At Family Foot & Ankle Center, we work with people of all ages, from infants to octogenarians (and sometimes beyond). For our older patients, one of the most important goals is to remain independent and mobile, and to that end, a good fall prevention strategy is absolutely essential.
As we age, our bodies undergo a number of changes that frequently push us toward greater instability on our feet. Muscles weaken. Feet become painful and sore. Eyesight and hearing dim. Certain medications or conditions can impair balance.
Falls are a growing concern. Consider these stats from the Centers for Disease Control:
- Approximately 1 out of every 3 American adults (more than 14 million people) over age 65 will experience a fall this year, with the rate increasingly steadily with age.
- Every year, 2.5 million Americans will be treated in emergency departments, 700,000 will be hospitalized, and 20,000 will die as a result of a fall.
- Falls are the leading cause of both fatal and nonfatal injuries in seniors.
Furthermore, the costs are high. About one fifth of falls cause a serious injury, such as broken bones or a traumatic brain injury. Some can even be fatal, and even if they aren’t many seniors never fully recover to pre-fall levels. Loss of strength and fitness during recovery periods can permanently reduce activity levels and accelerate a permanent decline in health, mobility, and independence.
Preventing Falls and Keeping Your Independence
First things first: if you’ve fallen before, almost fallen, or are worried about your balance, don’t wait until it happens (or happens again)—go see our team right away! We’ll perform a risk assessment examination and talk about your symptoms, any medications you’re taking, your health status, and from that piece together a fall prevention strategy that makes sense for you. We can also refer you to another specialist, such as an occupational therapist or ophthalmologist, depending on your needs.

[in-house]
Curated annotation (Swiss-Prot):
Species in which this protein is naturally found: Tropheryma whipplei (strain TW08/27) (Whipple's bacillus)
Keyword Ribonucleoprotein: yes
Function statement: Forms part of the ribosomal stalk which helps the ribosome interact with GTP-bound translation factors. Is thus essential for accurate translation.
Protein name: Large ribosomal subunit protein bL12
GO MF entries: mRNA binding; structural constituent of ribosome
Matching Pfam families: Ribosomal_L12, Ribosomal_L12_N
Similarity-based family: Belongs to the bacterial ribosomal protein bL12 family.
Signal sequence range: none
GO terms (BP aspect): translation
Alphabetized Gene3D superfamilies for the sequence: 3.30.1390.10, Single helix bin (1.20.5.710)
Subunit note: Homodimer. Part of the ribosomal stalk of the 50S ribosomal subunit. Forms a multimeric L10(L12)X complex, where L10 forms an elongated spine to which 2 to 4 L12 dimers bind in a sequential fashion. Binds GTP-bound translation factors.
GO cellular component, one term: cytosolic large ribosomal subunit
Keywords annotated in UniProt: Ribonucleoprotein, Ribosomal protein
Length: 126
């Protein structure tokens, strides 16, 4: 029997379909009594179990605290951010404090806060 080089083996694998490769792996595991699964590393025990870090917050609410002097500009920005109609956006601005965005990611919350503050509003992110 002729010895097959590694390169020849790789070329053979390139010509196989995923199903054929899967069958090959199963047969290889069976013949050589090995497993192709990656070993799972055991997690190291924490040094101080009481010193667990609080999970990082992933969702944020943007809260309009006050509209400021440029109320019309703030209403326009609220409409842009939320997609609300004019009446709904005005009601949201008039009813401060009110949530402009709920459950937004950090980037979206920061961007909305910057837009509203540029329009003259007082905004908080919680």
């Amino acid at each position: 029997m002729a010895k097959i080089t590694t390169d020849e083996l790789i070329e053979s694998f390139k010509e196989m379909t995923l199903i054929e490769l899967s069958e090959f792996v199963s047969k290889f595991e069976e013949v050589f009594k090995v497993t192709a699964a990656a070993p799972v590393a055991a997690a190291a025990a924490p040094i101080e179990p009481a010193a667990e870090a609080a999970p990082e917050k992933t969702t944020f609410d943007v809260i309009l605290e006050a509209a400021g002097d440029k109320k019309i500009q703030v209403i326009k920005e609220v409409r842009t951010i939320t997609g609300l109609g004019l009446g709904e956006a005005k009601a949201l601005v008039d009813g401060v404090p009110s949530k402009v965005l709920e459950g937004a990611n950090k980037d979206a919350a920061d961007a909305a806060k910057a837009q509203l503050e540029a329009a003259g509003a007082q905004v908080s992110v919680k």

Common components of a fall prevention program may include:
- Treatment for any painful foot issues that may be contributing to your imbalance, such as bunions, hammertoes, flat feet, or just general foot pain.
- Fitting for a balance brace. These are ankle-foot orthoses (AFOs) that are worn regularly to provide extra stability to the ankles and prevent devastating falls. They fit around your foot, ankle, and lower leg, hidden discreetly under pants and inside shoes.
- Regular physical activity, including ankle strengthening and balance exercises. Remember, balance is a skill that can be practiced and improved regardless of age.
- Treatment for other medical conditions that could increase your risk of falls, including vision and hearing loss.
- Making sure you eat a healthy diet and drink plenty of water—this will help you stay energized and prevent dizziness.
Additionally, one of the best ways to minimize fall risk at home is to create a safe environment for yourself. That includes:
- Keeping your home brightly lit when you’re there.
- Cleaning excess clutter and removing obstacles that could cause tripping.
- Installing handrails, grab bars, or non-skid mats in bathrooms, kitchens, and any other locations that might be slippery and/or require transitions from sitting to standing.
- Placing everyday items within easy reach—you shouldn’t have to reach or strain to grab clothes, cooking supplies, utensils, etc.
Far too many people don’t plan to prevent falls until it’s already too late. Don’t be one of them! Keeping your feet steady on the ground is one of the best ways not only to prevent serious injury in later life, but to maintain your activity, healthy, and independence for as long as possible. For help developing a fall prevention strategy, please see the experts at Family Foot & Ankle Center today. You can set an appointment for one of our six offices in and around Cincinnati by dialing 888-689-3317.